Tips for Hiring a Professional DJ

If you are taking a few minutes of your time, to read this article, you will be pleased to hear some bits of information that may provide insight into the world of the Wedding DJ.  Some of this information is rarely disclosed by some in the industry. In my 15 years as a professional DJ, I have learned so many things - good, bad, and ugly. In that time, I have performed at over 600 weddings. Sometimes I reflect on just how much Perfect Entertainment has been blessed to be a successful business for so long, and to have been trusted with one of the most important days in a person’s life, over and over again.

Anyone who aspires to become a DJ spends many hours honing their craft, developing a style of mixing and blending that keeps people dancing. I had been doing this at parties and other events since the 90s. In 2001, I began the transition from spinning mostly at parties and clubs to weddings. What I quickly learned is that like the classic TV show, it was a different world from where I was coming from. One can rock crowds in a club or house party with ease and then be a fish out of water without proper knowledge and experience working weddings. When I began to perform at weddings, I lacked wedding experience, and my services, equipment, and pricing reflected this. If you have never planned a wedding, or worked in the industry, you probably would not know what to look for in a wedding DJ. Perhaps you would think that it does not matter if the DJ does not have wedding experience, state-of- the-art equipment, or excellent presentation. Well, it matters big time. There are no do-overs when it comes to wedding entertainment. With that in mind, here are some Tips for Hiring a Professional Wedding DJ:

● Go see the DJ live or schedule a face-to- face consultation. I like to think that the Perfect Entertainment website is wonderful, and informative in helping potential clients make a decision on our services. However, nothing beats live interaction. After viewing the preliminary information and images on their website, ask to meet in person. This should be no problem for a full-time professional DJ; in fact, we encourage it. If the DJ has a residency at a club or venue, go see them mix live and interact with guests. You will be able to discern if the entertainer’s style and presentation matches your vision.

● How do past clients and wedding professionals view the DJ? It is difficult to choose a wedding DJ with so many choices available, and it is even harder when you have not experienced the DJ for yourself. If the entertainer has been in business a number of years, he or she should have plenty of reviews to assist in your decision. The feedback can come from wedding industry sites, personal referrals from family, friends, co-workers, or event professionals. Your wedding planner likely has seen it all when it comes to wedding DJs, and is a good source for identifying the best fit for you. Some DJs post video testimonials from past clients on their website or social media platforms. Every client is different, with varying opinions and perspectives. Ideally, a professional seeks to have many reviews with a 5-Star Rating. It goes deeper as well. Look at the number of reviews and how many years back they go, in order to get a good picture of their level of sustained excellence. Every now and then, even the best entertainers may get a few reviews that are not 5-Star. I have seen fellow wedding DJs that I know are top-notch get an overall 4.8 or 4.9 out of 5.0 and wonder who would not give them 5 stars. It happens. However, the overall rating should be stellar and close to an overall 5 out 5 stars. An example is when I was shopping for a Macbook Pro for my DJ setup. Apple products are widely known for their build quality and reliability. Surprisingly, I saw some reviews that were not 5 stars. However, I felt comfortable trusting the 90% of reviewers that gave 5 stars, and their glowing comments. Look carefully at the information, and when it is all said and done trust your gut.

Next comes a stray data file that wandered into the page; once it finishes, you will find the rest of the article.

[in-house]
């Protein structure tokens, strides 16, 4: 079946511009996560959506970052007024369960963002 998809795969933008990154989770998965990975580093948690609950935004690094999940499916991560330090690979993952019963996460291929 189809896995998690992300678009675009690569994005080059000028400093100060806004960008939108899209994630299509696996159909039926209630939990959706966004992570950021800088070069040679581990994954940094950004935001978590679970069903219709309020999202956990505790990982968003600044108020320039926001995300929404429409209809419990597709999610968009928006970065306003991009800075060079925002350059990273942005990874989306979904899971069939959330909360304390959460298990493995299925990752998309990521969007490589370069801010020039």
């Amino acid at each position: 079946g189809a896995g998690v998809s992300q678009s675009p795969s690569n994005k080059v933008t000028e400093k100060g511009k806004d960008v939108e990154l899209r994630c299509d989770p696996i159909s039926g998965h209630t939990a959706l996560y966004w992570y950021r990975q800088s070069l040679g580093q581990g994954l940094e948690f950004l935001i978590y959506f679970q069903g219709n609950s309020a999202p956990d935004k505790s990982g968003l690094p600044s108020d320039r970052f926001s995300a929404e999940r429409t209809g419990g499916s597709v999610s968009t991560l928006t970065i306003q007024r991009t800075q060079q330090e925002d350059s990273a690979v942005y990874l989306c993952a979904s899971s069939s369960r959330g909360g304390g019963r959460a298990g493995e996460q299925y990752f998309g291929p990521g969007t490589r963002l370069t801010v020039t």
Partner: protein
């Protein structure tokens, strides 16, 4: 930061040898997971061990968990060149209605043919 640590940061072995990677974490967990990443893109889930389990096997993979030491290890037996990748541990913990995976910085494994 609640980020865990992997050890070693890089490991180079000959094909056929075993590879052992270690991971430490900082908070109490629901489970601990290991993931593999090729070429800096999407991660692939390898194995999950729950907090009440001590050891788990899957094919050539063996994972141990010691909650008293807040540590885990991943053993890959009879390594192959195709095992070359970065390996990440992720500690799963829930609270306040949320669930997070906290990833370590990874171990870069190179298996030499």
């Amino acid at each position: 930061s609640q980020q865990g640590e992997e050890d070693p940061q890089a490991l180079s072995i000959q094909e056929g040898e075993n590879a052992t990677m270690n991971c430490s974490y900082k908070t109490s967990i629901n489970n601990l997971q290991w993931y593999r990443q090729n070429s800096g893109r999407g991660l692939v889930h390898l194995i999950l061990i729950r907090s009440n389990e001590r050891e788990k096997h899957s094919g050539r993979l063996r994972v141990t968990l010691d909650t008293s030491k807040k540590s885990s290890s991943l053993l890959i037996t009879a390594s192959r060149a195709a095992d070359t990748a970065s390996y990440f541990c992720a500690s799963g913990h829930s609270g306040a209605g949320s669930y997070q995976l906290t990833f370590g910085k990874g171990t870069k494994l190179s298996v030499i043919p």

● Take a good look and listen. Of course, it is always best to hear the DJ spin live or listen to mixes on their website or platforms such as Mixcloud or Soundcloud. This will give you an idea of their style of mixing, blending, and song selection. Videos and pictures of their equipment and presentation are also important. The system needs to sound great and the presentation should be visually pleasing. Before I began rocking weddings, I just showed up with my Technic 1200 Turntables and my crates of albums. Yes albums. This was before Serato and modern DJ controllers. The club usually had their own sound system for me to plug into, or the event sponsors hired a professional sound company to take care of the amps and speakers. Now that I was jumping into the wedding DJ business, I had to invest in the purchase of my own sound system. People tend to overlook the importance of sound quality until they experience a DJ with a bad sound system. Often it is due to either cheap equipment (all they can afford) or improper usage. Admittedly, my equipment was mediocre at best when I first started. It got me by at the time. Although the average wedding guest could not tell the difference because I knew how to optimize the equipment I had, anyone with a keen ear for music would notice. Being a perfectionist, I knew this would not suffice, and began reinvesting thousands of dollars in equipment upgrades. It took years to get the setup to the level where I knew I could guarantee the quality and durability of my setup and provide a premium audio experience. This is one reason why a professional wedding DJ is worth the investment.